x Abu Dhabi, UAEMonday 24 July 2017

Youth take up battle against bureacracy in Kuwait

Young people are tired with a system where, without a wasta, or connection, it's tough work dealing with government offices. Elizabeth Dickinson reports from Kuwait City

Thousands of Kuwaitis protest the government's amendment of the electoral law in November. Many of the young protesters just want their country - on the most basic level - to work. Gustavo Ferrari / AP Photo
Thousands of Kuwaitis protest the government's amendment of the electoral law in November. Many of the young protesters just want their country - on the most basic level - to work. Gustavo Ferrari / AP Photo

KUWAIT CITY // The story spread like wildfire among young Kuwaiti friends because everyone could remember a similar experience. A young man, trying to renew his passport and tired of waiting, called his friend, who in turn knew someone who could help.

That wasta, or connection, wasn't a high-level official or even a bureaucrat. It was the expatriate server who poured tea for employees at the passport office. Sure enough, with the waiter on board, more wasta followed, and suddenly, the renewal was rushed through.

The story may have been told in jest, but one of the most common grievances among young Kuwaitis is not jobs, health care, or even politics. It is the bureaucracy.

From paying parking tickets to passing university exams, 20-somethings here say that getting things done in Kuwait often requires battling a sclerotic, bloated government machine that favours personal connections over fairness.

Patience is wearing thin among university graduates and young professionals. And as opposition forces have taken to the streets in recent months, youth have been front and centre, arguing for a way to introduce meritocracy into a system that values family names more than diplomas.

Many of the young protesters just want their country - on the most basic level - to work. And with more than half the population younger than 25, their calls for legalised political parties and an elected government are getting louder.

In many ways, the calls are unexpected. Kuwait is home to a boisterous parliament and a sprawling welfare system. Kuwaitis receive free education and health care, and up to 80 per cent of the workforce hold high-paying public sector jobs.

Yet handouts alone will not placate people such as a 25-year old demonstrator named Faisal, a civil engineer at one of Kuwait's ministries. He found himself annoyed at a February 2011 government handout to mark the 50th anniversary of independence.

"When we were given 1,000 Kuwaiti dinars [Dh12,944], I thought, OK, this is fun - I can travel. But in the longer term, this can cause inflation, and it did," Faisal recalled. "There is something wrong with the government's logic."

Just two years after returning from studies abroad, the energetic young man, who would rather read a physics paper than a newspaper, finds himself immersed in a political opposition movement.

"I work in the public sector and there is so much dysfunction," Faisal said, attributing it to why he has joined the protests. "But the government doesn't care how it functions; they just want it to absorb as many employees as they can."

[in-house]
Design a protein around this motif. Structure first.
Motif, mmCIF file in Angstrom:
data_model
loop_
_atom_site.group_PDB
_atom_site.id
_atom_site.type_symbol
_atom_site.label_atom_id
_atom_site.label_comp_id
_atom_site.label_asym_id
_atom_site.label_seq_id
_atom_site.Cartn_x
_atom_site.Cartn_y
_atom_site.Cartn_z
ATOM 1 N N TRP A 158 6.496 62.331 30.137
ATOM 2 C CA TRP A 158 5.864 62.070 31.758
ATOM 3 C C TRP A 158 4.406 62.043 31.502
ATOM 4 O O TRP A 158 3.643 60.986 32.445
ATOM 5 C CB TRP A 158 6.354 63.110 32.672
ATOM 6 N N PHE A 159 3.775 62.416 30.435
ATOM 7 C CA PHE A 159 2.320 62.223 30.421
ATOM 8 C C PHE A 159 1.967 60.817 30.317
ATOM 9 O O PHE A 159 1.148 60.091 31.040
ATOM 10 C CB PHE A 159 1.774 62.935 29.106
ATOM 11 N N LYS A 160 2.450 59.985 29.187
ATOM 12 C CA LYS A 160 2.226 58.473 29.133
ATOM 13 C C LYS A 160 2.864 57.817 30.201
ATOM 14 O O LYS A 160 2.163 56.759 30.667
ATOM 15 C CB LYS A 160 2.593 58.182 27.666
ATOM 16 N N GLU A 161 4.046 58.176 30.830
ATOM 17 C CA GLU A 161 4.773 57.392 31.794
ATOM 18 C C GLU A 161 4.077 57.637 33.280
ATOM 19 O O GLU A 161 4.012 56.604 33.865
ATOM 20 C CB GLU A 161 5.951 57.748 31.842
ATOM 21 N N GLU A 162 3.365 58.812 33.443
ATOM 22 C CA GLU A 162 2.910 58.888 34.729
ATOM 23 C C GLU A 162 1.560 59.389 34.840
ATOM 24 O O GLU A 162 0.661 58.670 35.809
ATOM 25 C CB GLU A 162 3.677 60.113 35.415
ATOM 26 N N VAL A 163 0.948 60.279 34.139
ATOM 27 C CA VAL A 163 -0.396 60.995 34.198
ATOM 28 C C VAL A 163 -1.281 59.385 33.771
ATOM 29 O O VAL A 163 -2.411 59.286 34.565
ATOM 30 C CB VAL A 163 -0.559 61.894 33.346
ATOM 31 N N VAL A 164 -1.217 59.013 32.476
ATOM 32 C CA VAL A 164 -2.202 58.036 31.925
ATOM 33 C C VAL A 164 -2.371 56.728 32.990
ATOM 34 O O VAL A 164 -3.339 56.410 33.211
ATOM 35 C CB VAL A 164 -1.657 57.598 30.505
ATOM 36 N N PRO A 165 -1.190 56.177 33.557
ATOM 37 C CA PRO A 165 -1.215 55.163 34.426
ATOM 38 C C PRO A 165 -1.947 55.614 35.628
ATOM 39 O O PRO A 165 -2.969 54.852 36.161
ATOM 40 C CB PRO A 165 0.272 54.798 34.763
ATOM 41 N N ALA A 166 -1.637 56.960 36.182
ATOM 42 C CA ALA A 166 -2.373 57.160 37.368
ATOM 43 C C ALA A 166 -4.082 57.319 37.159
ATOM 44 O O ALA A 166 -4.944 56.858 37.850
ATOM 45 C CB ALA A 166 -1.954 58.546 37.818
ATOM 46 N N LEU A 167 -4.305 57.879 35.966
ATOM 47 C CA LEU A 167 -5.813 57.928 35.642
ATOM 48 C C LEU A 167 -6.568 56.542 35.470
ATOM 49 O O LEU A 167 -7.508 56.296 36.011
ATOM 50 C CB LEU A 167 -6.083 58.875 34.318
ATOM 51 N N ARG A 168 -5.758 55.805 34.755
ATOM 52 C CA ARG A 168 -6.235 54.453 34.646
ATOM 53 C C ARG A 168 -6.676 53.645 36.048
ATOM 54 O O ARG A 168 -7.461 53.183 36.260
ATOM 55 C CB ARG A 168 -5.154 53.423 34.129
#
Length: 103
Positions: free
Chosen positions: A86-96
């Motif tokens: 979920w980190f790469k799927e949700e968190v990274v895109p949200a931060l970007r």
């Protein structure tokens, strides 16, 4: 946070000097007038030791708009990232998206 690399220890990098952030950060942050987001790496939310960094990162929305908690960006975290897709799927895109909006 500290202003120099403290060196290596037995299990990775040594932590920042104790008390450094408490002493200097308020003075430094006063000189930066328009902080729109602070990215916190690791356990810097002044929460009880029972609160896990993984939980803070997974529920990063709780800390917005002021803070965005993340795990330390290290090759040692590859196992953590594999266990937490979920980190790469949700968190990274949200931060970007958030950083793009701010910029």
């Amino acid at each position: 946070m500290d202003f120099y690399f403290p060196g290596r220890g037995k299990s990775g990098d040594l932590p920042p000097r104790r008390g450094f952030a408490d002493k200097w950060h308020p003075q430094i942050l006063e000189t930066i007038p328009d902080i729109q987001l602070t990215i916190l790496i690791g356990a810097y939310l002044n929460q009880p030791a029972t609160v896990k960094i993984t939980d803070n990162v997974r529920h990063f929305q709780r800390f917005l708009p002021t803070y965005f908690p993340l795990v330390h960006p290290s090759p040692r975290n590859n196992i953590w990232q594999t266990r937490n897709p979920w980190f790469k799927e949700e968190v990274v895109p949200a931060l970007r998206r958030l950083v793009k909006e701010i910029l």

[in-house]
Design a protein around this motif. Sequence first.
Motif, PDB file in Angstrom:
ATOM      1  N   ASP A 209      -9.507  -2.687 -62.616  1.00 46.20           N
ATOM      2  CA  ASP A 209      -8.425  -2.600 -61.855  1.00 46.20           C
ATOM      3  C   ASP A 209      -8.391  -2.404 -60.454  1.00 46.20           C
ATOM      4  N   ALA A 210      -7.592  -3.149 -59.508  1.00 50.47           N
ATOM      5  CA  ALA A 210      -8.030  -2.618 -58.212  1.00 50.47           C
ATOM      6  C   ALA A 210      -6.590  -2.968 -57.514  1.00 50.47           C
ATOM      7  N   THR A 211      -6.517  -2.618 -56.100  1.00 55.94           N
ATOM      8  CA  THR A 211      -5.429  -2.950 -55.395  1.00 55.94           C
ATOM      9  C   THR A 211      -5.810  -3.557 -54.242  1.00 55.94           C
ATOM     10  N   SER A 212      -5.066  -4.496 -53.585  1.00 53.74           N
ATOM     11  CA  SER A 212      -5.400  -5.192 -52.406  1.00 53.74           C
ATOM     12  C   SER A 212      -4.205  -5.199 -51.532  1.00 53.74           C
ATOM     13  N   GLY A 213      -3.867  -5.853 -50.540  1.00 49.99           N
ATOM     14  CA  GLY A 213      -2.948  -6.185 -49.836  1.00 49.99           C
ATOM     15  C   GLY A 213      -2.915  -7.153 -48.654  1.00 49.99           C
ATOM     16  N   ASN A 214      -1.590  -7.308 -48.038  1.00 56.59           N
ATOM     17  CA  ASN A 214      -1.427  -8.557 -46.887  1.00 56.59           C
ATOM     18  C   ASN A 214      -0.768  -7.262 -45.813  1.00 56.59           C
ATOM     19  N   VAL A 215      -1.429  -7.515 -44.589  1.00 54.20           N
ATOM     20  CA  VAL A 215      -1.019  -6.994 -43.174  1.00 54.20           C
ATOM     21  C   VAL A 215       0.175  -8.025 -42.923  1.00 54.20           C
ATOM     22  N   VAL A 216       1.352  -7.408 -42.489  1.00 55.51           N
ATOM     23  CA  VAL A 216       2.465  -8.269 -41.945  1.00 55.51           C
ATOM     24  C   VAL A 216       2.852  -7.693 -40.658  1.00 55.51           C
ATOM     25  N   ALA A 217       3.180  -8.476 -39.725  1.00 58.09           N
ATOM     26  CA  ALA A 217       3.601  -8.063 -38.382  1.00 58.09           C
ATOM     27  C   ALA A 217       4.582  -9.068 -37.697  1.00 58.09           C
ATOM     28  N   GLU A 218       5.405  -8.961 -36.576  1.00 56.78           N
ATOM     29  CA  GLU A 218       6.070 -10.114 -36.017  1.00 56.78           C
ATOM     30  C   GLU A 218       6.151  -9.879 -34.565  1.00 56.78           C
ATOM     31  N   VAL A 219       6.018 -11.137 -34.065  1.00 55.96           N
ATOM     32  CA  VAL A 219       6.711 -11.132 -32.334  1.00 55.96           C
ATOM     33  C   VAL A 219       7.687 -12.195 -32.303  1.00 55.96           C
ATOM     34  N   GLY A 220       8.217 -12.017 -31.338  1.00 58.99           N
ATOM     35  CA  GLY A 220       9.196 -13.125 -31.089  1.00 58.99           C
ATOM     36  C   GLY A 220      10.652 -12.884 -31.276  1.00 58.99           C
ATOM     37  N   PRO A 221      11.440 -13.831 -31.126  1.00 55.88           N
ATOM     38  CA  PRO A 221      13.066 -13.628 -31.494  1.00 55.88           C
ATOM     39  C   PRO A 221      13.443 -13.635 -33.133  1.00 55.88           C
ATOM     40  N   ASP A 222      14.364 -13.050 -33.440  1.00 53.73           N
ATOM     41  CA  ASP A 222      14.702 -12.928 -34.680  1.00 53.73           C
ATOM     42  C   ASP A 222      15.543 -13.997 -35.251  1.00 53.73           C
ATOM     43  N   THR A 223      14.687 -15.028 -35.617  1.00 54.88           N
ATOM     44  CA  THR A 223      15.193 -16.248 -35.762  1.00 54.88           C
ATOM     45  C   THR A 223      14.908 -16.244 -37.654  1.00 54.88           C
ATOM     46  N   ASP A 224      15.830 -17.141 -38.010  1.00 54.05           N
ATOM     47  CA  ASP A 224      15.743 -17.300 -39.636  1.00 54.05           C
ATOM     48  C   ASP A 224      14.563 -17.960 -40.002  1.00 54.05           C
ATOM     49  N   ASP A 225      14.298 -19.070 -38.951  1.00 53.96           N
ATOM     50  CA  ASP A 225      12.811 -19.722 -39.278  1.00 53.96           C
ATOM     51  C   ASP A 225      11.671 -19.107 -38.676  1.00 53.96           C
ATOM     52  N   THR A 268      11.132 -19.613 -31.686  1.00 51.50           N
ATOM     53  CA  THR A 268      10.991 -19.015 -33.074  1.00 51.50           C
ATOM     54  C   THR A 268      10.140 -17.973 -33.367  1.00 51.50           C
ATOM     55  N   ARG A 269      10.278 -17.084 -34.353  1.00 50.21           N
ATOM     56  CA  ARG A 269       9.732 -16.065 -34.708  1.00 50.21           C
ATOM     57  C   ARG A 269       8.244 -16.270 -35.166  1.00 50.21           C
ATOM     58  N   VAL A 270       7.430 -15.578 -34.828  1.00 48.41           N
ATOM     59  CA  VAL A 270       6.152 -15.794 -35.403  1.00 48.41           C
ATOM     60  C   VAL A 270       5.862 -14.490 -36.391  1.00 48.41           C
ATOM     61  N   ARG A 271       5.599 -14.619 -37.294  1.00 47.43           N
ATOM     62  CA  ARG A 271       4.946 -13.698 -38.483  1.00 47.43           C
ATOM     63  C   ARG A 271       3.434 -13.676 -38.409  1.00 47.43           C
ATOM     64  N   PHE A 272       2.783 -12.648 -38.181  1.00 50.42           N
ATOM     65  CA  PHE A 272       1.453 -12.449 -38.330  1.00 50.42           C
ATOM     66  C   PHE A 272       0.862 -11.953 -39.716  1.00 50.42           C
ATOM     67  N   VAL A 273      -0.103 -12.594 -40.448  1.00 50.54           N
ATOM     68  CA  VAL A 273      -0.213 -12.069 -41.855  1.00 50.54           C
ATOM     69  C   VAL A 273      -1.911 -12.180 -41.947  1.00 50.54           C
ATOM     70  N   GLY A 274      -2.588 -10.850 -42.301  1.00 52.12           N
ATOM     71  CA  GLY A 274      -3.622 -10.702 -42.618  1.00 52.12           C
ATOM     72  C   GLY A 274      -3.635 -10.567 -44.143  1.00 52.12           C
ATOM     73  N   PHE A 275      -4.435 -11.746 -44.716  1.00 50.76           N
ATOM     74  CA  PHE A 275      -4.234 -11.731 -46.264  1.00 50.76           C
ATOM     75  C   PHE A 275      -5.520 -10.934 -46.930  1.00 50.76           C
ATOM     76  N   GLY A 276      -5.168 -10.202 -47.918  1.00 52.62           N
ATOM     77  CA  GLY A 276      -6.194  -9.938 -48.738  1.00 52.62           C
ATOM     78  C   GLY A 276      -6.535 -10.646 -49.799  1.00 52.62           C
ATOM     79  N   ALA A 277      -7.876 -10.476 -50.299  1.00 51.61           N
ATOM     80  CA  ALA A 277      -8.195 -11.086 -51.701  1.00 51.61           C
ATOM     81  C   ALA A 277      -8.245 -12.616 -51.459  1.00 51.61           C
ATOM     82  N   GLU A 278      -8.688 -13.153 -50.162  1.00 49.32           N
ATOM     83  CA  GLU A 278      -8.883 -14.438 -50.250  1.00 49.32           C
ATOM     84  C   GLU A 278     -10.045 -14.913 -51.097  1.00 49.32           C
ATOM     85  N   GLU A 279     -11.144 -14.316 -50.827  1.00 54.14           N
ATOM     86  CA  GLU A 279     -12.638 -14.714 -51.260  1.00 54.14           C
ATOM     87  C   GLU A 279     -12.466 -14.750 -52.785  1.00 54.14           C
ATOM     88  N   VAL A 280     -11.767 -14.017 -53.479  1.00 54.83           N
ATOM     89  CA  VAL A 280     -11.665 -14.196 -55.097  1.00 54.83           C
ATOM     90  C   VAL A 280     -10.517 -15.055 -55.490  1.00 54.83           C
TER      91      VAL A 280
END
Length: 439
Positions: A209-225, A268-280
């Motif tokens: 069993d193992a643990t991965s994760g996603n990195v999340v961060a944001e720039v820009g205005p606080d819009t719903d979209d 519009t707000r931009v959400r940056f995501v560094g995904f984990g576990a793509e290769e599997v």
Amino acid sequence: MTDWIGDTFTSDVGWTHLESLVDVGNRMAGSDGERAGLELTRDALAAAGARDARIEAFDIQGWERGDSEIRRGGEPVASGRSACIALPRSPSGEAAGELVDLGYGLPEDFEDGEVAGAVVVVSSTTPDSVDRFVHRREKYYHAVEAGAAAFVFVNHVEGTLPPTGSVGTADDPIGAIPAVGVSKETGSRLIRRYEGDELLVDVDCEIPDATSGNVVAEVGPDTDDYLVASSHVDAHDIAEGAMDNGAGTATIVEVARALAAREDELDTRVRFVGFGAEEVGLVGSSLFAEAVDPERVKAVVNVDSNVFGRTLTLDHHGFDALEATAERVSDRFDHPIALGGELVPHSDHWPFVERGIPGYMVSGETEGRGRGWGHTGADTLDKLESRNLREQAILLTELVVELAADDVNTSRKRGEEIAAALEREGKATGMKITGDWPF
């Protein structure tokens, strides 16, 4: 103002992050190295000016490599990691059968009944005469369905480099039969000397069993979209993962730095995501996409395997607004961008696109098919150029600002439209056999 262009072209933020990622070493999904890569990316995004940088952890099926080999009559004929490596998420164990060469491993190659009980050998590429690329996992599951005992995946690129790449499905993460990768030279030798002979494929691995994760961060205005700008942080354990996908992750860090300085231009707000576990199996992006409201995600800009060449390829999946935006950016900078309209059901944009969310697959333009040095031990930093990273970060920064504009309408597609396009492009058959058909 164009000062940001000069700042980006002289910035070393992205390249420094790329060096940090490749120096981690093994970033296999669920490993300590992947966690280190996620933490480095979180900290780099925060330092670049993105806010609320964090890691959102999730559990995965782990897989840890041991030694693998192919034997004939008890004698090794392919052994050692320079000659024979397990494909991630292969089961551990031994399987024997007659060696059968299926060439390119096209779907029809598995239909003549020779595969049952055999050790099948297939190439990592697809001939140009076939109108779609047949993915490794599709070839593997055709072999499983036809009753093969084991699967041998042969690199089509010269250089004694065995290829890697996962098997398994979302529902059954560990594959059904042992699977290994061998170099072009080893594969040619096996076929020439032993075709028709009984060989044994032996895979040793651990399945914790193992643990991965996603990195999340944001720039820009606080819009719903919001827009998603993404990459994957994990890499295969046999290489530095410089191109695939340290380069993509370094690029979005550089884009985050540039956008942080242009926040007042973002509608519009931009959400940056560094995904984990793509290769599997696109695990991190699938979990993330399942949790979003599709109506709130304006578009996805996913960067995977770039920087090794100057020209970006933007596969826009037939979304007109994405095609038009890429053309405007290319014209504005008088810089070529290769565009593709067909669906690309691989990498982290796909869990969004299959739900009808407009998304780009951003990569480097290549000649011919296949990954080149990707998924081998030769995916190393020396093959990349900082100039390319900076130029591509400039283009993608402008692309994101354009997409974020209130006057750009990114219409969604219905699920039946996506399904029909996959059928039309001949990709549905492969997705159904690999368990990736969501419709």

Evidence of the bloated bureaucracy is easy to find. Kuwait ranks last among Arabian Gulf countries in the World Bank's Global Competitiveness Report on measures that include ease of starting a business, wasteful government spending and the burden of regulation.

During the past several years, the government has expanded spending on social benefits in moves that analysts have interpreted as ways to pre-empt discontent.

The changes have not come cheap. Last year, the International Monetary Fund warned that mounting government spending could equal oil revenues by 2017, meaning that not a drop of savings from Kuwait's rich hydrocarbon reserves would be saved for the next generation.

Kuwait's youth protesters insist they are not chasing material wealth or patronage. Instead, they argue that they are seeking political enfranchisement as an answer to the near-daily feeling of not having the right connections, name or wasta to get the job done.

"Having a good life means having a good political system," argues Khaled Al Fadhala, 36, a member of the youth opposition for almost a decade. "All the luxuries won't last, and we'll realise we're not managing our way of life correctly."

In many ways, the changes Kuwait's youth are looking for are evident by their own example.

In late December, when opposition forces came together to boycott a parliamentary election, it was the youth that orchestrated an elaborate campaign mixing social media and more traditional handshaking politics. Unlike some of their elders, they are on time to meetings and return phone calls.

"The youth are very different. They're much less hierarchical, they don't want a top-down system," said Mary Ann Tetreault, an American political scientist at Trinity University who has studied Kuwait for three decades. "They're ready to do what it takes to build institutions where everyone gets a say."

Mr Al Fadhala said: "In many ways, our wanting democracy is more honest and pure than someone who is hungry or impoverished. This person needs it; we believe in it."

edickinson@thenational.ae